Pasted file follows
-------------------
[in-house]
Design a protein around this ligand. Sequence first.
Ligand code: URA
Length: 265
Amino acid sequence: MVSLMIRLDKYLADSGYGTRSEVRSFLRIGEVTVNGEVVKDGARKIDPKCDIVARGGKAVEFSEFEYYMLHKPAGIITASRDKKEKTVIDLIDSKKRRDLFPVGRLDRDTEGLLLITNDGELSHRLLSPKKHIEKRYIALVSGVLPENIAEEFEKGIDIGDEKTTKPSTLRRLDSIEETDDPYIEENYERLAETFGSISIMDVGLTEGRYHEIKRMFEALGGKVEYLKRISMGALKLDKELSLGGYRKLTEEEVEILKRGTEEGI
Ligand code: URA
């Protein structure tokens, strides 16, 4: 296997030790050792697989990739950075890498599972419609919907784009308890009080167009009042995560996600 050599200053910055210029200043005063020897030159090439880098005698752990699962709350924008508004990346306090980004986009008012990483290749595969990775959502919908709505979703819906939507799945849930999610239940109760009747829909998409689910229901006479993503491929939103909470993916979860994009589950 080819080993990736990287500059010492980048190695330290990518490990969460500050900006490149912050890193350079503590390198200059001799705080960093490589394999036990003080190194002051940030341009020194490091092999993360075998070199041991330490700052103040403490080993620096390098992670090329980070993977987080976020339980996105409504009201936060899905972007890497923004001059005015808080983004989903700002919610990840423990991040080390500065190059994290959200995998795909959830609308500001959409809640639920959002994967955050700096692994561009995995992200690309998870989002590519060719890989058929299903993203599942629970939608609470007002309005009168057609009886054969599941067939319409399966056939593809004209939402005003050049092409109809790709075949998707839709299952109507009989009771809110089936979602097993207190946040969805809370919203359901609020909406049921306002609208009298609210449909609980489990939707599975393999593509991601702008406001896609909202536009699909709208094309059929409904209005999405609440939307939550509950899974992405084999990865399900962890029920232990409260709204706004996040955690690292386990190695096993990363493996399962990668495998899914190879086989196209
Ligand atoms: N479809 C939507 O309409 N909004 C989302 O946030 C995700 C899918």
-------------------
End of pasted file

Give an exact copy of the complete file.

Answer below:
[in-house]
Design a protein around this ligand. Sequence first.
Ligand code: URA
Length: 265
Amino acid sequence: MVSLMIRLDKYLADSGYGTRSEVRSFLRIGEVTVNGEVVKDGARKIDPKCDIVARGGKAVEFSEFEYYMLHKPAGIITASRDKKEKTVIDLIDSKKRRDLFPVGRLDRDTEGLLLITNDGELSHRLLSPKKHIEKRYIALVSGVLPENIAEEFEKGIDIGDEKTTKPSTLRRLDSIEETDDPYIEENYERLAETFGSISIMDVGLTEGRYHEIKRMFEALGGKVEYLKRISMGALKLDKELSLGGYRKLTEEEVEILKRGTEEGI
Ligand code: URA
């Protein structure tokens, strides 16, 4: 296997030790050792697989990739950075890498599972419609919907784009308890009080167009009042995560996600 050599200053910055210029200043005063020897030159090439880098005698752990699962709350924008508004990346306090980004986009008012990483290749595969990775959502919908709505979703819906939507799945849930999610239940109760009747829909998409689910229901006479993503491929939103909470993916979860994009589950 080819080993990736990287500059010492980048190695330290990518490990969460500050900006490149912050890193350079503590390198200059001799705080960093490589394999036990003080190194002051940030341009020194490091092999993360075998070199041991330490700052103040403490080993620096390098992670090329980070993977987080976020339980996105409504009201936060899905972007890497923004001059005015808080983004989903700002919610990840423990991040080390500065190059994290959200995998795909959830609308500001959409809640639920959002994967955050700096692994561009995995992200690309998870989002590519060719890989058929299903993203599942629970939608609470007002309005009168057609009886054969599941067939319409399966056939593809004209939402005003050049092409109809790709075949998707839709299952109507009989009771809110089936979602097993207190946040969805809370919203359901609020909406049921306002609208009298609210449909609980489990939707599975393999593509991601702008406001896609909202536009699909709208094309059929409904209005999405609440939307939550509950899974992405084999990865399900962890029920232990409260709204706004996040955690690292386990190695096993990363493996399962990668495998899914190879086989196209
Ligand atoms: N479809 C939507 O309409 N909004 C989302 O946030 C995700 C899918």